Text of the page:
University of Cambridge > > Isaac Newton Institute Seminar Series > Patterning, waves and synchronization in cilia arrays

Patterning, waves and synchronization in cilia arrays

Add to your list(s) Download to your calendar using vCal

If you have a question about this talk, please contact nobody.

SPLW01 - Building a bridge between non-equilibrium statistical physics and biology

Living organisms rely on flows to perform essential functions that range from swimming and feeding in unicellular organisms to mucus clearance in humans. These flows are generated by the inte­grated activity of thousands of micrometer scale cilia attached to cell surfaces. Collections of cilia exhibit highly complex temporal patterns known as metachronal waves. While patterns of cilia coordination have been observed for decades, the mechanisms underlying their formation and their contribution to flow generation remain unclear. In my talk I will discuss the advantages of ciliated swimmers as experimental model systems where measurements of the geometric and dynamic properties of cilia arrays and can be readily performed. Performing precise measurements and perturbations of temporal patterning in cilia arrays and flows will enable the identification of the mechanisms underlying pattern formation. This integrated view that seeks to link cilia dynamics with flow structure will significantly increase our understanding of the physiology of cilia arrays. Beyond their physiological significance, arrays of cilia provide an accessible experimental platform to explore the physics of multi scale pattern formation.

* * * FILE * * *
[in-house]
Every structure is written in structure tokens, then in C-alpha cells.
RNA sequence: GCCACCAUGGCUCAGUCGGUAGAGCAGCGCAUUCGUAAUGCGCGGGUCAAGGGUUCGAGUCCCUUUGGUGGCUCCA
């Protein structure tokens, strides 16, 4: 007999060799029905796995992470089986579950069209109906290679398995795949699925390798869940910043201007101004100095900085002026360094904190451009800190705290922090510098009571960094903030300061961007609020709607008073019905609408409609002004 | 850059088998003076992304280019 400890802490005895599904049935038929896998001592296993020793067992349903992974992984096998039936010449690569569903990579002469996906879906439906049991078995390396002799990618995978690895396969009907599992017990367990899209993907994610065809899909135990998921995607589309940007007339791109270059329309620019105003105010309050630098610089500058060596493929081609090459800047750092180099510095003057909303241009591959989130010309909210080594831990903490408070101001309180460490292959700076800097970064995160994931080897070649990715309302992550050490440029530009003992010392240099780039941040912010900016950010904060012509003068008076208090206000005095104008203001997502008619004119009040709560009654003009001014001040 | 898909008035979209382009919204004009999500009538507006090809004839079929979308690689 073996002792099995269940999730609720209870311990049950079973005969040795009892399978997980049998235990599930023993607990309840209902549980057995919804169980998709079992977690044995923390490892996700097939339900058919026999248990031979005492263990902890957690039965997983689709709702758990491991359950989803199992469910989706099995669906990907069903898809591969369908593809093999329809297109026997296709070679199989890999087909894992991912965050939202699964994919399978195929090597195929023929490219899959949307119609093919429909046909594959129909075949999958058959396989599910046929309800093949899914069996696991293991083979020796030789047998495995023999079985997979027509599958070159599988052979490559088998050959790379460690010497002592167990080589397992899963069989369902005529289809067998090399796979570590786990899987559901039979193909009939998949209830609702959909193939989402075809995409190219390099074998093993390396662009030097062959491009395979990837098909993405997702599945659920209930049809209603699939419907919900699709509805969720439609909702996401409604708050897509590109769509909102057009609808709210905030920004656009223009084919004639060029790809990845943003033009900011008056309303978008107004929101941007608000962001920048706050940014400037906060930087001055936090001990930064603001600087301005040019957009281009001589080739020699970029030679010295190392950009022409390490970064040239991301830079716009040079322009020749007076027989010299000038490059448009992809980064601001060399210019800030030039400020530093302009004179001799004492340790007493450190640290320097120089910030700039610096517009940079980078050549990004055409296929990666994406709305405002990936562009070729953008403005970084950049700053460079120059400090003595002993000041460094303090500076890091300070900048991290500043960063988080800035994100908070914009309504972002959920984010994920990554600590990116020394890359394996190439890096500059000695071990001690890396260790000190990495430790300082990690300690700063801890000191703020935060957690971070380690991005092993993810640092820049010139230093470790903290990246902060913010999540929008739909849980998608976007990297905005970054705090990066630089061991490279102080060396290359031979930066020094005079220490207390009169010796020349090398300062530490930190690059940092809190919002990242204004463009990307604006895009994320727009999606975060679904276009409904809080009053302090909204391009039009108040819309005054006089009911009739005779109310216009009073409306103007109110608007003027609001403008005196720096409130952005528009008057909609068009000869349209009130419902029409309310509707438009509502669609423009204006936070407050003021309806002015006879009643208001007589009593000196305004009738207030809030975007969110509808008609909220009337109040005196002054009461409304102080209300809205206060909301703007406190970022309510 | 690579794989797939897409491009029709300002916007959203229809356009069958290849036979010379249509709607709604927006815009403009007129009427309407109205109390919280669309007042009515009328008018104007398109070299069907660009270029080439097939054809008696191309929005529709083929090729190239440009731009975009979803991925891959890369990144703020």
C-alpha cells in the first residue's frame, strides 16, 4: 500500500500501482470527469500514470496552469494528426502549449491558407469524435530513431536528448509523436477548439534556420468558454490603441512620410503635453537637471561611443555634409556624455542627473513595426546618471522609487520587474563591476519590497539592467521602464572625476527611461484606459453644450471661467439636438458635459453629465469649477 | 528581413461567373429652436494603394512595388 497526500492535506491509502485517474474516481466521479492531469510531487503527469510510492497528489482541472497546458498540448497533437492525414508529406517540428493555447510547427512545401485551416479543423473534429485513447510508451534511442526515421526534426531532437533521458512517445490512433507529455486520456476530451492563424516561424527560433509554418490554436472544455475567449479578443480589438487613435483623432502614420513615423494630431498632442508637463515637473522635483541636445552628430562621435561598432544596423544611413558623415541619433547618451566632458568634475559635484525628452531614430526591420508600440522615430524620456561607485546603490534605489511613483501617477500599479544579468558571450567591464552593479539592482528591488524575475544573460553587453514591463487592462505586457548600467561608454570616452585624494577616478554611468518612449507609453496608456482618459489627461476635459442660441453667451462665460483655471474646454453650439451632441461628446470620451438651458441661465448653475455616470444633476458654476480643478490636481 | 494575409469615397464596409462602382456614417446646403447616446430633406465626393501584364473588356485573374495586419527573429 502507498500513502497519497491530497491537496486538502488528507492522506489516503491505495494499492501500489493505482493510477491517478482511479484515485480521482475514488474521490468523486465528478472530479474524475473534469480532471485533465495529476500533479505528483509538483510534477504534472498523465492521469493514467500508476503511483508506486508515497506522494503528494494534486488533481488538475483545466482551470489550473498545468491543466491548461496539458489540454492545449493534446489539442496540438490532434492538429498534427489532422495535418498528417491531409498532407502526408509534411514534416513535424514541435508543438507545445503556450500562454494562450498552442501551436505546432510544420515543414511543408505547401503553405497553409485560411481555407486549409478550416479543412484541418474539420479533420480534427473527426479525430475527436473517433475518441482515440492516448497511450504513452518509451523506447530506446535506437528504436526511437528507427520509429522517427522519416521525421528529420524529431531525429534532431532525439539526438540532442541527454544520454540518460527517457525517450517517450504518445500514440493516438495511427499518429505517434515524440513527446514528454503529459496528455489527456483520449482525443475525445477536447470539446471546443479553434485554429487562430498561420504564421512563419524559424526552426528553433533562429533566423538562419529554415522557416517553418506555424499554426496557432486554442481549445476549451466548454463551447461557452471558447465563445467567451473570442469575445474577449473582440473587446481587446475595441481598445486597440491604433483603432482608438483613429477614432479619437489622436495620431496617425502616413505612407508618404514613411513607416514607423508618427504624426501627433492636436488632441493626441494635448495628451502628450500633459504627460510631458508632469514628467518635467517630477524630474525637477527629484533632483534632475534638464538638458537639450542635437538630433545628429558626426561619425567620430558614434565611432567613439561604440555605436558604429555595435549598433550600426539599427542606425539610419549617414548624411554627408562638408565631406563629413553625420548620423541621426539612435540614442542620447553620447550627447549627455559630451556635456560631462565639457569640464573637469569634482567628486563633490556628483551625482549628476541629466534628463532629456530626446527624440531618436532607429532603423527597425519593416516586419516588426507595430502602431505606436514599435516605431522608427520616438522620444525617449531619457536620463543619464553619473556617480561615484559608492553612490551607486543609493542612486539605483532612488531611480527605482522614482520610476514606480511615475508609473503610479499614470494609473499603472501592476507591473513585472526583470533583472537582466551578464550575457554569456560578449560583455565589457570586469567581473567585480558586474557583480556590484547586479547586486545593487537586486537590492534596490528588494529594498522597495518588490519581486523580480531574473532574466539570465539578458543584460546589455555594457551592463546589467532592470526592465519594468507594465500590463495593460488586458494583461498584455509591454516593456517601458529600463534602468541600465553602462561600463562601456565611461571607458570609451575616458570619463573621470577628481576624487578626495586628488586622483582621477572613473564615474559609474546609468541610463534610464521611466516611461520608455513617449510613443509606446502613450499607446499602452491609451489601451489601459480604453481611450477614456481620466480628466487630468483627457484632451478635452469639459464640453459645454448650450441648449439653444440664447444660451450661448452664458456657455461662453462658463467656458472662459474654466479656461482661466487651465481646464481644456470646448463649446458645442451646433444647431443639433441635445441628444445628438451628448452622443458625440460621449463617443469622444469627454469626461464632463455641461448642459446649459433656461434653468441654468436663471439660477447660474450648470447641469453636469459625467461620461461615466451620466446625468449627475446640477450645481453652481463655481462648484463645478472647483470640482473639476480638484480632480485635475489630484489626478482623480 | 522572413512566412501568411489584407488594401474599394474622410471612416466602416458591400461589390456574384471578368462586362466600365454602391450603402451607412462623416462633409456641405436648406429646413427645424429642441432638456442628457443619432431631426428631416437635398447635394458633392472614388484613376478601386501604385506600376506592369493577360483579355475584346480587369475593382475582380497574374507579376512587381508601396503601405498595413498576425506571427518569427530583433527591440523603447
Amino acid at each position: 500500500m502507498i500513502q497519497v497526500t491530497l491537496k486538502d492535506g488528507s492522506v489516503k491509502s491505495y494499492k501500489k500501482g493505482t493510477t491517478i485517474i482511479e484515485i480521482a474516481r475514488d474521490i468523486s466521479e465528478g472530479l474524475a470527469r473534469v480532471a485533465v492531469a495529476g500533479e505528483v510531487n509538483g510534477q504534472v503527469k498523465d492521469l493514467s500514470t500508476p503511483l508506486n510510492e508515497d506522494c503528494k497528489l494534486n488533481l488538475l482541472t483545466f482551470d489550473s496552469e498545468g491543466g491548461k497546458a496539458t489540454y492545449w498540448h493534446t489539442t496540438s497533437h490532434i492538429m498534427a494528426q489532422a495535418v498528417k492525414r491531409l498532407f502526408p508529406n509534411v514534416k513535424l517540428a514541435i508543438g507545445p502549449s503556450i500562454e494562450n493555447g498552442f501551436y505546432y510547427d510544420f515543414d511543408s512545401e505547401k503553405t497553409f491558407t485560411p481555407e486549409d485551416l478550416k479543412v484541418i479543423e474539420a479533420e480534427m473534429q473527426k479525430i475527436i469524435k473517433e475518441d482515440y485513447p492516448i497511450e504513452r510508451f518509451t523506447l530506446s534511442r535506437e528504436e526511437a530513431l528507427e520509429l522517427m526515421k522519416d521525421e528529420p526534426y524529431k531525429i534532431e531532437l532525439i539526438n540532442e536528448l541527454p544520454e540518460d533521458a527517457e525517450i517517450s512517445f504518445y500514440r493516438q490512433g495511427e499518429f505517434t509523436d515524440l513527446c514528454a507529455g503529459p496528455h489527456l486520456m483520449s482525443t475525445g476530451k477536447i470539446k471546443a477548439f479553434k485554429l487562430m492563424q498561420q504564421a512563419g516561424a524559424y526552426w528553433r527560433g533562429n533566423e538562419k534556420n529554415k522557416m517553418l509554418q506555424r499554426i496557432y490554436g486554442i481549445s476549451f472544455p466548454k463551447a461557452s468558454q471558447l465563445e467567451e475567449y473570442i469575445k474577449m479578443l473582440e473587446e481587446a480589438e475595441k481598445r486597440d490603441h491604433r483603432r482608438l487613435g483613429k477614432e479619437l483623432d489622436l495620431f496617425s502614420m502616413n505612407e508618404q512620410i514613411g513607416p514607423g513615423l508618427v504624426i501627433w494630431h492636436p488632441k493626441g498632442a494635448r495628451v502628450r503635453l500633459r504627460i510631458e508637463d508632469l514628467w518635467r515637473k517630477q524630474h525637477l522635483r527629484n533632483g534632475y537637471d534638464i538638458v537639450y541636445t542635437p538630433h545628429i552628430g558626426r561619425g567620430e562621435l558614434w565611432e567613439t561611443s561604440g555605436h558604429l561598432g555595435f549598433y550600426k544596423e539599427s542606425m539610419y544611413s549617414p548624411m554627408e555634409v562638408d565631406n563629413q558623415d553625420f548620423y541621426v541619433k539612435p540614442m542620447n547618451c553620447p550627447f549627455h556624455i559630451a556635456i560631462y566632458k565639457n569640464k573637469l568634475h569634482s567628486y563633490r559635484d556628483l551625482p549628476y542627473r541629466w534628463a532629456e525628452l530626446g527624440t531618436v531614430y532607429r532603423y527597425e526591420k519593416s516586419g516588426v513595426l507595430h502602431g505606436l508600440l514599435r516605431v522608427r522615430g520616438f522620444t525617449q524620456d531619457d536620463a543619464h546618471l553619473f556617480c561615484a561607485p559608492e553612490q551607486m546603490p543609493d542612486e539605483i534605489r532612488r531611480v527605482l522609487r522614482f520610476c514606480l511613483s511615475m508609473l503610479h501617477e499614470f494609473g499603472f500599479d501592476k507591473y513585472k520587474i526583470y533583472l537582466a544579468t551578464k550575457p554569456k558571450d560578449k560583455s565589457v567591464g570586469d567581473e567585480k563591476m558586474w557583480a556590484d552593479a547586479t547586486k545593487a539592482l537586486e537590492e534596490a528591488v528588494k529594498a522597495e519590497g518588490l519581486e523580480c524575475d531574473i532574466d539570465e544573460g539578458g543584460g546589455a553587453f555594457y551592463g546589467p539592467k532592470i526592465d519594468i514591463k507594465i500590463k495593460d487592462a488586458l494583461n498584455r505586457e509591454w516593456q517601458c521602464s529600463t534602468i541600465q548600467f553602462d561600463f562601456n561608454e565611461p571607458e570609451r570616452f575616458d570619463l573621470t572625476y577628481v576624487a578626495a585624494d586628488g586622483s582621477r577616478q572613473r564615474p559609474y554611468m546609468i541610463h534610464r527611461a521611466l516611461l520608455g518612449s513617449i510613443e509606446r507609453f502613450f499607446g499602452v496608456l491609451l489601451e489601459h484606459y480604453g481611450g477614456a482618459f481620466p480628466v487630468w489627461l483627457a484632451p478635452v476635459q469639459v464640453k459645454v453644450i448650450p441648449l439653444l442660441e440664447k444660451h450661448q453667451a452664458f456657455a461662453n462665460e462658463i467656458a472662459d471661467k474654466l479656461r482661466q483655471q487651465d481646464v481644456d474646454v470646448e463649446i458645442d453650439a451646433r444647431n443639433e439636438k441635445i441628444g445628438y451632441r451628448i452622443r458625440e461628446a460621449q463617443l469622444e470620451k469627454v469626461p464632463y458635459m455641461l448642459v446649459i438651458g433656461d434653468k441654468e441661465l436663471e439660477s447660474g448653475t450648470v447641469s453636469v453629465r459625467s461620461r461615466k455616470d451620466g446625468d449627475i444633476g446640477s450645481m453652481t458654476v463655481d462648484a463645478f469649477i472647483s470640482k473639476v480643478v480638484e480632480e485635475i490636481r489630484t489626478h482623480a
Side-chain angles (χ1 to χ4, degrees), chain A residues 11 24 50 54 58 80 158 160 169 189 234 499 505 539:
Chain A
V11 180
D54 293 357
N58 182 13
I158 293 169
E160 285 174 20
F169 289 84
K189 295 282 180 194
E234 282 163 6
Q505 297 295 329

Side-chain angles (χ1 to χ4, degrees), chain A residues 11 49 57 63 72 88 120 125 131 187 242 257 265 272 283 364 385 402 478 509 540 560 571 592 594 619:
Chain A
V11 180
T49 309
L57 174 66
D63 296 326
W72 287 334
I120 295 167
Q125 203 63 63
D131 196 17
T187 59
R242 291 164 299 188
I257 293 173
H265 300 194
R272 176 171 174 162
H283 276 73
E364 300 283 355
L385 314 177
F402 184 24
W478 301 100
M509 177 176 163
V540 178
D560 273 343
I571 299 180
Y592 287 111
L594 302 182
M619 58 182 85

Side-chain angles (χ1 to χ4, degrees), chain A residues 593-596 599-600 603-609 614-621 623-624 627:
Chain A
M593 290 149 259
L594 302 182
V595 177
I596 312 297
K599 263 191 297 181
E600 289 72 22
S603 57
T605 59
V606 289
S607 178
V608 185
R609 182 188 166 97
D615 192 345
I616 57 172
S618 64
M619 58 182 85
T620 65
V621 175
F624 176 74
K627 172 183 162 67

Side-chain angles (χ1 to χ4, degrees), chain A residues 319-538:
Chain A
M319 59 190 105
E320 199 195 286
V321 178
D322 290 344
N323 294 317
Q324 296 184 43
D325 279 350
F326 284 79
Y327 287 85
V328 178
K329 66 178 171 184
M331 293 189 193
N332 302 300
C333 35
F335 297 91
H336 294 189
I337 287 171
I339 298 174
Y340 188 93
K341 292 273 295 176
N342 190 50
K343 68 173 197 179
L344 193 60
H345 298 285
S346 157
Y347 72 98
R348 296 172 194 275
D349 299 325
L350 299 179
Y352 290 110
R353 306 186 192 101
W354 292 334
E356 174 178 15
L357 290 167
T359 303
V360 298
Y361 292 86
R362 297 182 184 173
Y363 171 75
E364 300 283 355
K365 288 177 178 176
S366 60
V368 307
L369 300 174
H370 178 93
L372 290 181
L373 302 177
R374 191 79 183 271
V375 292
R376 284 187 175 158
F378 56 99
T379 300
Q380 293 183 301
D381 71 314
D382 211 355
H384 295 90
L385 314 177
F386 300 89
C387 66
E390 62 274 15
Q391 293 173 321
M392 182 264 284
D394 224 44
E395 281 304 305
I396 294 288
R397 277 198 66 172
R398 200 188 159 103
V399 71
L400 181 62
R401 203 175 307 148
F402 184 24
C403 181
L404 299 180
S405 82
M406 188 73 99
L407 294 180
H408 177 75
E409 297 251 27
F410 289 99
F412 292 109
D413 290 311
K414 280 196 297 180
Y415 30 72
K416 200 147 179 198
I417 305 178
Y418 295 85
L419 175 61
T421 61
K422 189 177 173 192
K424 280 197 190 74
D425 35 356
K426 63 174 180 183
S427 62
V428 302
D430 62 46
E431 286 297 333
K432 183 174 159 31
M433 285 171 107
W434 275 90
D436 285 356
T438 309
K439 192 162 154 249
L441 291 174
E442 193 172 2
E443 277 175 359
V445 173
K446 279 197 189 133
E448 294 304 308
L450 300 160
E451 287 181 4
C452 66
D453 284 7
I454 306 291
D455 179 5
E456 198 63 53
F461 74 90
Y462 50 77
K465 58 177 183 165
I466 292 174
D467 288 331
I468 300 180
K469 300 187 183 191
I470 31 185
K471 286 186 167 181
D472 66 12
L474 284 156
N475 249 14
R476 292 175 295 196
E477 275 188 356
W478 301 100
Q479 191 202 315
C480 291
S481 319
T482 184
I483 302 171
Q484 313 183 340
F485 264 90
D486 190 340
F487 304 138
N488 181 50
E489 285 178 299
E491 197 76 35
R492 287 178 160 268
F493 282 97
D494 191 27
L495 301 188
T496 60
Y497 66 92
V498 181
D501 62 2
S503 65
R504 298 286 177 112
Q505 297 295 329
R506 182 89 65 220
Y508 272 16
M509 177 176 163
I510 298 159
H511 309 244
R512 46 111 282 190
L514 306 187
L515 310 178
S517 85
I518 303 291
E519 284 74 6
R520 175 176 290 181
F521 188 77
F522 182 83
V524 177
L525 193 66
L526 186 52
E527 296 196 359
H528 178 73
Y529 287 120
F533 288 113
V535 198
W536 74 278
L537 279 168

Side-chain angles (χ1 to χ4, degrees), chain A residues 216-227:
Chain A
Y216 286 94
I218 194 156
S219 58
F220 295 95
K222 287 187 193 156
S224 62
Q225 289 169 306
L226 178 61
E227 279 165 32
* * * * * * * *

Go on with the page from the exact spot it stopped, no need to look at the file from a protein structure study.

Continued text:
This talk is part of the Isaac Newton Institute Seminar Series series.

Tell a friend about this talk:

This talk is included in these lists:

Note that ex-directory lists are not shown.


© 2006-2024, University of Cambridge. Contact Us | Help and Documentation | Privacy and Publicity